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When, shrivelling like a parchment scroll,
Oh! on that day—that awful day,
The Sunday called Septuagesima,
OR THE THIRD BEFORE LENT.
O LORD, we beseech Thee favourably to hear the prayers of Thy people; that we, who are justly punished for our offences, may be mercifully delivered by Thy goodness, for the glory of Thy Name; through Jesus Christ our Saviour, who liveth and reigneth with Thee and the Holy Ghost, ever one God, world without end. Amen.
“ Know ye not that they which run in a race run all, but one receiveth the prize ?"-1 Cor. ix. 24.
THE kingdom of heaven is no easy matter for attain
ment: it is a prize which must be run and struggled for. Though the final victory may not be precluded by occasional naps, its perfection may suffer much thereby. Though they may not deprive us of our crown, they will surely impair its brightness. These things being So, we may learn, not only how incumbent it is upon us to make the most of the future, but how much our eternal prospects have suffered from the omissions of the past. The wisdom of most good Christians is apparent in this respect, in maintaining the practice of a diary, or record of their daily lives. Such a provision may be expected to have the same effect upon the economy of our time, as keeping a ledger upon the expenses of
a an establishment. The most competent managers are not willing to overtax their memories in affairs of infinitely less consequence.
“Friend, I do thee no wrong : didst thou not agree with me for a penny ?”—Matt. xx. 13. WHATEVER may be the scope of this parable
(its connection with the preceding context is obscure), we may gather this lesson from it—the obligation of a contented disposition, and the unreasonableness of discontent. This evil temper will be found, in many instances, to proceed from an undue estimation of ourselves, our services, or our characters. The labourers thought they had done more than their fellow labourers, and that therefore they deserved more. Comparison of our service with that of our fellows, instead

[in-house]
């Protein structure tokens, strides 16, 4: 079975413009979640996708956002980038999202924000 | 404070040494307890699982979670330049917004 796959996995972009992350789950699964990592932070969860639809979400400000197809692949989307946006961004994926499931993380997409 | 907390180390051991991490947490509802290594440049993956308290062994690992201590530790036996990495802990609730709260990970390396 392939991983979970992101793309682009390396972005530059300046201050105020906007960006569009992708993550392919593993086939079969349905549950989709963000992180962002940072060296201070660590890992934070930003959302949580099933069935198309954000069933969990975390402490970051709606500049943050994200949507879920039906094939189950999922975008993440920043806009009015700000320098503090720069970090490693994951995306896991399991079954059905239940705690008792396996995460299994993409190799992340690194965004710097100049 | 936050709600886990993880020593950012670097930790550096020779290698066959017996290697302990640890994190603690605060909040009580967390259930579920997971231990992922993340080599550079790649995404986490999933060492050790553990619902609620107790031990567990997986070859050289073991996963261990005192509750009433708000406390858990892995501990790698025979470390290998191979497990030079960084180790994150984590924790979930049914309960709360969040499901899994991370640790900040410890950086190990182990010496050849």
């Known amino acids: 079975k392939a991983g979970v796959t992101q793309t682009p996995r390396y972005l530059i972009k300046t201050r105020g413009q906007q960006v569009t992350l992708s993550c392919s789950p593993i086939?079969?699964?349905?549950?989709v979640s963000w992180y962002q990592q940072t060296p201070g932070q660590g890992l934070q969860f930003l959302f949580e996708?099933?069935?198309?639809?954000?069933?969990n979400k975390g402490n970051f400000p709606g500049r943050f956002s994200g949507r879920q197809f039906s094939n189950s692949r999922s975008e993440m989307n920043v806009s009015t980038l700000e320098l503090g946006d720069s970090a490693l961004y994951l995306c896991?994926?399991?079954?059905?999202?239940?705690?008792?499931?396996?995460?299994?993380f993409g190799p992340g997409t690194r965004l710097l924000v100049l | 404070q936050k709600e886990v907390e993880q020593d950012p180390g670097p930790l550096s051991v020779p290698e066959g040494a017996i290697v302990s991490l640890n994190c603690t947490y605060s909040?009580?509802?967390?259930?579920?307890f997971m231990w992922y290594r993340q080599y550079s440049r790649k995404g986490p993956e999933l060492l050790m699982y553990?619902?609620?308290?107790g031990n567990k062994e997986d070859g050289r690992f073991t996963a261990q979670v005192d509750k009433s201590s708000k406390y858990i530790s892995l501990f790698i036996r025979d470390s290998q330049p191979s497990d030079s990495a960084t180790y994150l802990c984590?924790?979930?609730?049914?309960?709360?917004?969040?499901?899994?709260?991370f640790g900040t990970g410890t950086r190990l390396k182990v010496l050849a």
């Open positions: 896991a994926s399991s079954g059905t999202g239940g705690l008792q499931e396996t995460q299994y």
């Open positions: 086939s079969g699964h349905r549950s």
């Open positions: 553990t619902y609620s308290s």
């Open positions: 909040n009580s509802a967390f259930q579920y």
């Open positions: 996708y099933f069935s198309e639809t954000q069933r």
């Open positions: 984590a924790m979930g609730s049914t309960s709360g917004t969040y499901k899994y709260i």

of with the law of God, is a fertile source of mistakes respecting its perfection. If these men had reflected upon the abstract question-how much work had been done by them in the time covenanted, which was no job-work, but the disposal of their time; how much, after making all allowance for necessary stoppages and rest; how much of idleness, trifling conversation, and carelessness, took place—they might have come to a truer conclusion, and judged, that if the master had no legal right to fine them for shortcomings, he was at least not bound to pay more than he bargained for.
But no; they took another course-reflecting how far their work exceeded the performances of others, rather than how far it answered or fell short of the measure of honest industry. Therefore they arrived at a very flattering conclusion in favour of themselves, which, after all, it were better for their comfort they had not formed; for it only made them dissatisfied with themselves, and added nothing to their wages. Discontent is its own tormentor. O my soul, do thou learn to compare thy shortcomings with the Word of God, rather than thy doings with the misdoings of thy brother, and thou wilt soon learn to wonder how mercifully thou hast been treated; to see how far thy blessing exceed thy crosses, and to glorify the Father of lights, “who giveth to all men liberally, and upbraideth not.”
The God of Glory walks His round,
Ye, whose young cheeks with health are bright,
And ye, whose scanty locks of grey
latest travail near; How swiftly fades your closing day! And stand ye yet so idle here?
O Thou in heaven and earth adored,